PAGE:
same goal of a surplus while cutting less in the early years. We can
smooth the path to the same destination.
And that means we can help on tax credits.
I’ve been asked to help in the transition as Britain moves to
the higher wage, lower welfare, lower tax society the country wants to
I’ve had representations that these changes to tax credits
should be phased in. I’ve listened to the concerns. I hear and
And because I’ve been able to announce today an improvement in
the public finances, the simplest thing to do is not to phase these
changes in, but to avoid them altogether.
Tax credits are being phased out anyway as we introduce
What that means is that the tax credit taper rate and
thresholds remain unchanged.
The disregard will be £2,500. I propose no further changes to
the universal credit taper, or to the work allowances beyond those that
passed through Parliament last week.
The minimum income floor in Universal Credit will rise with
the National Living Wage
I set a lower welfare cap at the Budget.
The House should know that helping with the transition
obviously means that we will not be within that lower welfare cap in
the first years.
But the House should also know that thanks to our welfare
reforms, we meet the cap in the later part of the Parliament.
Indeed, on the figures published today, we will still achieve
the £12bn per year of welfare savings we promised.
That’s because of the permanent savings we have already made
and further long term reforms we announce today.
The rate of Housing Benefit in the social sector will be
capped at the relevant local housing allowance – in other words, the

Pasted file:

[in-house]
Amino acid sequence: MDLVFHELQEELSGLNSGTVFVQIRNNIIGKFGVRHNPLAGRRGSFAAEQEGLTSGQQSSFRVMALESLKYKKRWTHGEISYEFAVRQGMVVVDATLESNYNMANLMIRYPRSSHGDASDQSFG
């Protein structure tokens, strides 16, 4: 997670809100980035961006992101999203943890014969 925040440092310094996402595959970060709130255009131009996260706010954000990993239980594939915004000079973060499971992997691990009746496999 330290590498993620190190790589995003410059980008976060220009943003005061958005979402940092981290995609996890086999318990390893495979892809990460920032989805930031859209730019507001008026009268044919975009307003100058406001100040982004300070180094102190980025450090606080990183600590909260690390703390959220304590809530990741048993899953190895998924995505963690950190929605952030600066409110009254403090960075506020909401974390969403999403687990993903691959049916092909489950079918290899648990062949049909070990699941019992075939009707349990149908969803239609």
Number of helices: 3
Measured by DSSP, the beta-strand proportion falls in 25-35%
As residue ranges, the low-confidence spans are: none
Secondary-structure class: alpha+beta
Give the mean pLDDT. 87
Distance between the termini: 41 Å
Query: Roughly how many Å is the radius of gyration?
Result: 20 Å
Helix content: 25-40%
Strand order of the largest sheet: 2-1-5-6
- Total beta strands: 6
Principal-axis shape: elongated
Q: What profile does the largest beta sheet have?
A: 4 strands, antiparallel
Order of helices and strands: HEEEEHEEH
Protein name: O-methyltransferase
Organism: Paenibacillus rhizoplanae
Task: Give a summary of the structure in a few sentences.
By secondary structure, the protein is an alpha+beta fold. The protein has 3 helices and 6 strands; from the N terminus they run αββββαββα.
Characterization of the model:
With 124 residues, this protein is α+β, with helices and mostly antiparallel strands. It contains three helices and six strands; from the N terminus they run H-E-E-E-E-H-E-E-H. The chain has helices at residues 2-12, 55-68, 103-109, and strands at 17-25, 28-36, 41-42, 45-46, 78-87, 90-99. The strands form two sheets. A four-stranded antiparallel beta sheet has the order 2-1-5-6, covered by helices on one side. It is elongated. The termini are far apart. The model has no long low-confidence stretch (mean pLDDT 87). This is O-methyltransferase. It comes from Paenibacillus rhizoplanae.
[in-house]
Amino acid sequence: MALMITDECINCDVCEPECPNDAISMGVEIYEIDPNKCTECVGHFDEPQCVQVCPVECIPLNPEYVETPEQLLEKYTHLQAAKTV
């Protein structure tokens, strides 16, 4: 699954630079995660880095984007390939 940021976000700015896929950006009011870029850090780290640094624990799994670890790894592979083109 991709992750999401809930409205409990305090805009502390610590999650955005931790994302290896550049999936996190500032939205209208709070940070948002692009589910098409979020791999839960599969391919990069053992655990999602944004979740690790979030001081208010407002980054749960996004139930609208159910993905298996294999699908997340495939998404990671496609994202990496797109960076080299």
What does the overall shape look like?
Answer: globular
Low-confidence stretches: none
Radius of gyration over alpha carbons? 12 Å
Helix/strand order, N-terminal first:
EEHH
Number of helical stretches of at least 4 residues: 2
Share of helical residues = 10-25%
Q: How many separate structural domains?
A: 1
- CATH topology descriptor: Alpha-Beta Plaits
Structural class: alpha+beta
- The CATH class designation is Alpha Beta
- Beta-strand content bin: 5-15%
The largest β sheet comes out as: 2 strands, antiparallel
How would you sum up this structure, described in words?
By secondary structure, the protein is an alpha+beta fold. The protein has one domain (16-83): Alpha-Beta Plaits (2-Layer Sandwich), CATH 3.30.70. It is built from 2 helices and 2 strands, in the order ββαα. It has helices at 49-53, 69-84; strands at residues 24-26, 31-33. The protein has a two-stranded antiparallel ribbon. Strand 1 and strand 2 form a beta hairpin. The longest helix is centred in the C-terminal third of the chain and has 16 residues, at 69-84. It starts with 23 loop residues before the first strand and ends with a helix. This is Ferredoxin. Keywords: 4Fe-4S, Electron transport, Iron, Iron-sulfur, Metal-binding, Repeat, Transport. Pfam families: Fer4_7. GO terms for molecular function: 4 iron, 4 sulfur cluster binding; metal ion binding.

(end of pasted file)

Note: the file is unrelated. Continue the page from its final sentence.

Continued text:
same rate paid to those in the private rented sector who receive the
This will apply to new tenancies only.
We’ll also stop paying housing benefit and pension credit
payments to people who’ve left the country for more than a month.
The welfare system should be fair to those who need it and
fair to those who pay for it too.
So improved public finances, and our continued commitment to reform,
mean that we continue to be on target for a surplus.
The House will want to know the level of that surplus. So let
me give the OBR forecasts for the deficit and for borrowing.
In 2010, the deficit we inherited was estimated to be 11.1% of
This year it is set to be almost a third of that, 3.9%.
Next year it falls to less than a quarter of what we
Then the deficit is down again to 1.2% in 2017-18, down to
just 0.2% the year after that, before moving into a surplus of 0.5% of
national income in 2019-20, rising to 0.6% the following year.
Let me turn to the cash borrowing figures.
With housing associations included, the OBR predicted at the
time of the Budget that Britain would borrow £74.1 billion this year.
Instead, they now forecast we will borrow less than that at
Borrowing then falls to £49.9 billion next year.
Borrowing then continues to fall, and falls to lower than was
forecast at the Budget in every single year after that.
To £24.8 billion in 2017-18; down to just £4.6 billion in
In 2019-20, we reach a surplus.
A surplus of £10.1 billion. That’s higher than was forecast at
the Budget. Britain out of the red and into the black.
In 2020-21 the surplus rises to £14.7 billion the year after
So Mr Speaker, The deficit falls every year.
The debt share is lower in every year than previously forecast.
We’re borrowing £8 billion less than we expected overall.
And we reach a bigger surplus.
We’ve achieved this while at the same time helping working
families as we move to the lower welfare, higher wage economy.
And we have the economic security of knowing our country is
paying its way in the world. Mr Speaker, that brings me to our plans
for public expenditure and taxation.
I want to thank my Right Honourable Friend the Chief
Secretary, our Ministerial colleagues, and the brilliant officials
who’ve assisted us, for the long hours and hard work they have put into
developing these plans.
We said £5 billion would come from the measures on tax
avoidance, evasion and imbalances.
Those measures were announced at the Budget.
Today we go further with new penalties for the General
Anti-Abuse Rule we introduced, action on disguised remuneration schemes
and stamp duty avoidance, and we will stop abuse of the intangible
fixed assets regime and capital allowances.
We will also exclude energy generation from the venture
capital schemes, to ensure that they remain well targeted at higher
HMRC is making savings of 18% in its own budget through
efficiencies – in the digital age, we don’t need taxpayers to pay for